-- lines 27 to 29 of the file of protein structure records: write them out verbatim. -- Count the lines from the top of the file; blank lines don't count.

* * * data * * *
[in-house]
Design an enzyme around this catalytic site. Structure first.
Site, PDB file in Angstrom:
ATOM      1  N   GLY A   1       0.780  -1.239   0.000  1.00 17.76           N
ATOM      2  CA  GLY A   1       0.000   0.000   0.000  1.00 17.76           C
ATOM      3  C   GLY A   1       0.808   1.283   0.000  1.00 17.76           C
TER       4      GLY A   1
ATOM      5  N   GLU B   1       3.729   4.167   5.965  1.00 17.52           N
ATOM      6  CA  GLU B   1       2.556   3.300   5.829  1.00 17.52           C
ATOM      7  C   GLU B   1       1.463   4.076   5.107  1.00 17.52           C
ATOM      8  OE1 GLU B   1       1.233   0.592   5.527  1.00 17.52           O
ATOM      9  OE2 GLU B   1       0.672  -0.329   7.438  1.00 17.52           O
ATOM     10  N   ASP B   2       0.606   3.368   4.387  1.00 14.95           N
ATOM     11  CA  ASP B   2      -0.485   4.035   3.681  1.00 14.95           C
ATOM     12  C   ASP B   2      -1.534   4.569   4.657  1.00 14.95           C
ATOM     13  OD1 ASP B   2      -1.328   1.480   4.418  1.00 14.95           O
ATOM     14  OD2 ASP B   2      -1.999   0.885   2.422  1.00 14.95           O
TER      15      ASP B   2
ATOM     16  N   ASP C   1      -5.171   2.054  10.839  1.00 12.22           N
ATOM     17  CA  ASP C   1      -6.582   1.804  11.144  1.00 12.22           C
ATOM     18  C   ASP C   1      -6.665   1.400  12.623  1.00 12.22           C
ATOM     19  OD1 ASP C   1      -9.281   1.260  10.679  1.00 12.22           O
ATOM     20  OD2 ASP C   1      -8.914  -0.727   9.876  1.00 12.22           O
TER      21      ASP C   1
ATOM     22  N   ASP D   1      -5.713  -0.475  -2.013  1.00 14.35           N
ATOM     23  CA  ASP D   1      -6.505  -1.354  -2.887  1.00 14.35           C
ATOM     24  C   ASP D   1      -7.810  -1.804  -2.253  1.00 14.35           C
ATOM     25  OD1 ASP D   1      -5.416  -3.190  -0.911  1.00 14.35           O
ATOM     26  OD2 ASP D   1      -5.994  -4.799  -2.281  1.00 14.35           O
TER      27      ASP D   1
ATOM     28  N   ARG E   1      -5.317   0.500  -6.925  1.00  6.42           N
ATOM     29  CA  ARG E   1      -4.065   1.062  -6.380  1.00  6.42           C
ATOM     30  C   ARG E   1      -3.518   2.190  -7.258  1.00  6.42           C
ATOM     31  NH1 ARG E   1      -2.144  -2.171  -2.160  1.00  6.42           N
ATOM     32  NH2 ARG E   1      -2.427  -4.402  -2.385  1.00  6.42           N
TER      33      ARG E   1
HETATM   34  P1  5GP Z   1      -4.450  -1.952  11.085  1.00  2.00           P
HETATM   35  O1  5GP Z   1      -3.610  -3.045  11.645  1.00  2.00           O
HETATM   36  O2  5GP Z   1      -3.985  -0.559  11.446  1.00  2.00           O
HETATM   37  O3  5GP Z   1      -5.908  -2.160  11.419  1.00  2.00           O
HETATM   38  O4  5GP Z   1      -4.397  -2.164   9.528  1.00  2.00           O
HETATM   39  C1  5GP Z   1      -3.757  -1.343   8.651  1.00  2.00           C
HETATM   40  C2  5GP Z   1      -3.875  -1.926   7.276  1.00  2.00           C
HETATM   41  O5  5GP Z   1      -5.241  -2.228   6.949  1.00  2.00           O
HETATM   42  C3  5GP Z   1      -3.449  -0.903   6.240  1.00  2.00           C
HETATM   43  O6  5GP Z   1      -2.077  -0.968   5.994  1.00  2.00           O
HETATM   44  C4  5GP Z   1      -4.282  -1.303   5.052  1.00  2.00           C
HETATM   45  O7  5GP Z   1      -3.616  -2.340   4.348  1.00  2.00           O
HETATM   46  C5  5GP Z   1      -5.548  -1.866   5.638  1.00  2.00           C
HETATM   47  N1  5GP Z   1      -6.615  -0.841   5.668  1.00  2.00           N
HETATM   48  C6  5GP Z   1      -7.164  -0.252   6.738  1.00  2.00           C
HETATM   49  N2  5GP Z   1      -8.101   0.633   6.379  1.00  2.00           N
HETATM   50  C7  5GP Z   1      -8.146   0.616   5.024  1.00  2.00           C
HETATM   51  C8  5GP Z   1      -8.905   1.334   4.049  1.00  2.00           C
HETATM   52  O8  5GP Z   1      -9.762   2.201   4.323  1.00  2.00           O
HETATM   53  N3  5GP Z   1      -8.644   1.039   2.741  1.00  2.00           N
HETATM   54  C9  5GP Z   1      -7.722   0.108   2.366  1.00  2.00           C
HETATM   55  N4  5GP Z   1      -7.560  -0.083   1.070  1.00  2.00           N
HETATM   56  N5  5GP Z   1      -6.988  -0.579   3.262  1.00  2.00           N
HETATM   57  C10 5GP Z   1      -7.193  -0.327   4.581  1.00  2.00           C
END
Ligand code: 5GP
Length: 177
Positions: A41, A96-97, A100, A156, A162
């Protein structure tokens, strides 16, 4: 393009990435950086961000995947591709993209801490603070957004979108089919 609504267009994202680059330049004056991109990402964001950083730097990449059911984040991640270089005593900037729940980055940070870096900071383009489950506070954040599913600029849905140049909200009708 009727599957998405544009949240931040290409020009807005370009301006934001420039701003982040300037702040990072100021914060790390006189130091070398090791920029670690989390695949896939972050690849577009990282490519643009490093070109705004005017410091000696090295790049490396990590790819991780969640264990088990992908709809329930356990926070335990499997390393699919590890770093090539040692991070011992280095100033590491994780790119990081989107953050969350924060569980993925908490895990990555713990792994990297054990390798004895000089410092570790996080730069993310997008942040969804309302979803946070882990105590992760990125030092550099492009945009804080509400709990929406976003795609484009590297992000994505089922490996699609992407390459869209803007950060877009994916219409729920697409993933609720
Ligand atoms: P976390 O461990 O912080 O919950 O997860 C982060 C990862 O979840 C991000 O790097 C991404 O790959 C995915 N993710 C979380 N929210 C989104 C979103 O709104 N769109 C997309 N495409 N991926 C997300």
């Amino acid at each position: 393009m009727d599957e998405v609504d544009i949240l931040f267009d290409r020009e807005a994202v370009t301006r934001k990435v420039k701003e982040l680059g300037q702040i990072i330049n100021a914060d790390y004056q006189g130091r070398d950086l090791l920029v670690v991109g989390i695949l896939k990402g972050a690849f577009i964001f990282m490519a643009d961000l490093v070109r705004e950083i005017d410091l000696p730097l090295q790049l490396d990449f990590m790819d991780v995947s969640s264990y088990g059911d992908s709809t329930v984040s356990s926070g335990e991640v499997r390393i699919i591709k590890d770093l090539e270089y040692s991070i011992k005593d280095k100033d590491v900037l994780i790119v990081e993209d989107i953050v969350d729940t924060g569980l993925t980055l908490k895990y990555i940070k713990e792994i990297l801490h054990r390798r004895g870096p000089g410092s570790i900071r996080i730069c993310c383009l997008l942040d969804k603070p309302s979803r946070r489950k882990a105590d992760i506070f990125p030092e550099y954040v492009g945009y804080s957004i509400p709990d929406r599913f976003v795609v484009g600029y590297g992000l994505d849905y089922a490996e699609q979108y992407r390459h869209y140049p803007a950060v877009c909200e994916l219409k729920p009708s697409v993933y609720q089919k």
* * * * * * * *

ATOM     24  C   ASP D   1      -7.810  -1.804  -2.253  1.00 14.35           C
ATOM     25  OD1 ASP D   1      -5.416  -3.190  -0.911  1.00 14.35           O
ATOM     26  OD2 ASP D   1      -5.994  -4.799  -2.281  1.00 14.35           O